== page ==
Comment: Why HP should send a huge Thank You to S. Elop

Let´s face it: Many people like the Nokia MeeGo 1.2 Harmattan / Maemo 6 presented on the Nokia N9 – if you read the negative comments, these show concerns about buying a device which is abandoned on release, they dislike the last years Hardware platform or ask the “What about apps?” question – if Nokia hadn´t discontinued the MeeGo platform, one of these negative points wouldn´t be there, and the other two would be addressed by future devices over time (I think I read once that OMAP4 is pin compatible to OMAP3).

One of too many webOS 2.1.0 bugs (Device: Palm Pre Plus)

But let´s think about to whom the the Nokia MeeGo platform would have been a strong competitor. Many of you may think Android, and while this absolutely right in the long term, in short and mid term Nokias Meego platform would have been more of a competitor to the smaller smartphone operating systems / ecosystems, such as Windows Phone 7 or HP webOS, which are chosen by their loyals because of their usability, which is less flawed than Androids (menu button, multi tasking).

Nokias MeeGo platform is as it is (in its nearly abandoned state) already a strong competitor to what HP webOS is like – both systems are all about gesture powered multitasking. Let´s look deeper. HP webOS is – and I am sorry to say that – is flawed by the web technologies it´s using – JavaScript still is not running as fast as seasoned programming languages, and besides that, there will be some work necessary to speed up system services – just compare the HP TouchPads Sun Spider benchmark scores – the TouchPad is the most advanced version of webOS and surely requires some more polishing, as this is the first public release we are dealing with here (and no, it´s not the hardware´s fault, I´ve seen benchmarks were the Qualcomm platform smoked the Tegra2 used in most Android tablets out there).

MeeGo, as being a still rather new development on top of very seasoned technologies, performs a lot better (which has a huge impact, you have to consider that these devices are mobile, and less CPU usage is automatically connected with better battery life..), and as Nokia´s MeeGo UI is more than competitive, this platform with Nokia’s experience in the mobile sector (which while HP / Palm have some too should be superior) could have easily made it to the third position on the market, with a huge gap to Android and iOS still, but better than the rest. Nokia opted against a clear MeeGo push though, so this is all theory (most likely they would have stuck to the way inferior Symbian too much, anyway) – thanks to S. Elop,HP has another chance.

Success, however, is something that requires more than just good ideas, even more than astonishing products (that HP doesn´t have yet, the TouchPad, Veer and Pre³ are in many ways inferior). An alliance with Samsung (that build smartphones with Android, Windows Phone 7, Bada and LiMo already) could help with great hardware, but possibly killed HPs own margins and besides that, it´s the software which until now still isn´t more than a set of brilliant usability concepts that is sort of usable. HP has the chance to fix their issues, which are many – as Elop gave them some more time.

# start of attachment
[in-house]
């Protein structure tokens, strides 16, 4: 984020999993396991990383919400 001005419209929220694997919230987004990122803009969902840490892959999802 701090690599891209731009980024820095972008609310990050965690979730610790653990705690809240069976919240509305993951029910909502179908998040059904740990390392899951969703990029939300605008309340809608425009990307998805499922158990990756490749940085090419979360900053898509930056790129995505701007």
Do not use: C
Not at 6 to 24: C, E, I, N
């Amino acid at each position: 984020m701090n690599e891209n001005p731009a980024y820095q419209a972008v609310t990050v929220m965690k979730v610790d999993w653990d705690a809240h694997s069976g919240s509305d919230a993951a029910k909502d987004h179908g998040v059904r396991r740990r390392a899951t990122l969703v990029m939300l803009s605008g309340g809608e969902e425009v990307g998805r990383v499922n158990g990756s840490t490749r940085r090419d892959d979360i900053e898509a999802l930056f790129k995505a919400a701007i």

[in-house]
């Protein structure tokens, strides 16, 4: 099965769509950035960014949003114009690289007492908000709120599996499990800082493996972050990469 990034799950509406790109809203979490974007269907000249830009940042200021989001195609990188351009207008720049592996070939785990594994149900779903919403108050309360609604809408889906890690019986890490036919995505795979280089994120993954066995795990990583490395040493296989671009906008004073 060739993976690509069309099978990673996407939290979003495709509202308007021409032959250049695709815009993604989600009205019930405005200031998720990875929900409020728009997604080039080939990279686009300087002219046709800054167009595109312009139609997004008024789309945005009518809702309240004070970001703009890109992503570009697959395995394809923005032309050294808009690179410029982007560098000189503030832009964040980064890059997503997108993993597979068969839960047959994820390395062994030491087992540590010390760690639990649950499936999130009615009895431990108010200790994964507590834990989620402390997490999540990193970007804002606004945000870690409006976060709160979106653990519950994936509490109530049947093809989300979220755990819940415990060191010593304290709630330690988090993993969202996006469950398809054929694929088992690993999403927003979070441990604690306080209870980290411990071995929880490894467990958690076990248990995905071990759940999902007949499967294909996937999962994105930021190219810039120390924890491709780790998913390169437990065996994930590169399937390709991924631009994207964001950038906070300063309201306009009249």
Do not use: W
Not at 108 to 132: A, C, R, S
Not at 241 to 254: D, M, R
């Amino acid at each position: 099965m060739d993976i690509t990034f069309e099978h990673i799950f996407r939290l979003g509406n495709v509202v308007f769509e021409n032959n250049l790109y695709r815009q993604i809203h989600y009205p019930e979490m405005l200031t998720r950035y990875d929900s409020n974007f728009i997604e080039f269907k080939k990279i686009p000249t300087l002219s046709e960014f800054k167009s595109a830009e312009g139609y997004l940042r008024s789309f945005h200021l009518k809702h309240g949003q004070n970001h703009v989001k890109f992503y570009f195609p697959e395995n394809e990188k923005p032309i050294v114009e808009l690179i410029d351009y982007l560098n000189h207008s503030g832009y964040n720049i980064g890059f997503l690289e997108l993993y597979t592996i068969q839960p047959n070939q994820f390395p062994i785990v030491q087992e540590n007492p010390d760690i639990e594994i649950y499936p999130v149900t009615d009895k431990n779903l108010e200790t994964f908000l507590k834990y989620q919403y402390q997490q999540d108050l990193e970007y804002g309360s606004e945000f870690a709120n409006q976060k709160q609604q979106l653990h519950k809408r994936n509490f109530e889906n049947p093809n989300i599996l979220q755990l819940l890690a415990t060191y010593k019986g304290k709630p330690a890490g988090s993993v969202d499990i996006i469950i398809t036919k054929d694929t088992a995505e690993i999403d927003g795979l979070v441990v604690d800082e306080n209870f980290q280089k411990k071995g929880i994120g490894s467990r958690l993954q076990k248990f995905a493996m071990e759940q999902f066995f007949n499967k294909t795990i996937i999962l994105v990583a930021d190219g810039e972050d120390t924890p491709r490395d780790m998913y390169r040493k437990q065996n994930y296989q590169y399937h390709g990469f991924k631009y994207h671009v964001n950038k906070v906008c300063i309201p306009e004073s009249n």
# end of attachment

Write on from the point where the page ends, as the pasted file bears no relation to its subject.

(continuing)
N9, N950: Two Nokia MeeGo devices. Thoughts before going to bed.

The N9 was announced in Asia while I was sleeping here in Europe. Now I am about to go to bed again, but as I can´t do any serious blogging (videos, images) being online over an EDGE network which feels more like GPRS in terms of speed right now, I want to share some thoughts on the N9 and the N950.

The N950, which I didn´t really cover here yet on LINMOB, is the device that we saw on leaked images aeons ago (~ 1 year), a device much looking like the Nokia E7: An 4” HWVGA aluminum slab with a slide out, full 4 row QWERTY keyboard. Don´t get overly excited about this device if you aren´t a developer, as it will be tough to get one then. Read more on this over at, and if you are interested in the actual differences between these two new Nokia Handsets, let me point to this post at

For the non Qt / Linux developing rest of us, there will be the keyboard less, polycarbonate N9, which looks different than the existing Nokia phones, it doesn´t resemble the N8 e.g. – I like it … I think I should stop repeating myself, so nothing on the specs here which I haven´t posted yet, they are decent, not breathtaking.

Pricing and availability. Not much info on that yet. There are, as I noticed earlier today, indicators that the N9 will only sell in a few countries. (->TheHandheldBlog) Considering the general excitement about this new Nokia product this would be a very sad thing, but Nokia has (from my view as a mobile linux lover) made tons of sad decisions since Steve Elop came aboard.

I already linked you to twice, and I will do it a third time in this post, simply because I totally agree to their comment “With The N9, Nokia Shows The World Its Still Got It”.

Last but not least you should watch this video of the presentation (by netbooknews) – I can´t right now (EDGE):

Nokia N9 – Nokias last MeeGo device

Nokia unleashed what is believed to be their last MeeGo (1.2 “Harmattan”) device at CommunicAsia today – as rumored a very long time before, it will be called “N9” and appears to be aimed at everybody, not just developers. Accelerated by a TI OMAP 3630 SoC (as in the Motorola Milestone2 and the Palm Pre2) the N9 reminds us more of late last years phones, than of this years dual core packet giants of the competition. The device, which is packed with 1024MB of Ram, features a nice 854×480 AMOLED screen with a capacitive touch layer on top and an 8 megapixel Carl Zeiss camera capable of recording HD video, looks awesome and most likely wasn´t intended to be for developers only while designed – a beautiful, sleek mix of angles and curves, a piece of design, that can surely take on the iPhone in the “looks” department. Don´t believe me? Have a glimpse at Nokias promo clip for the N9: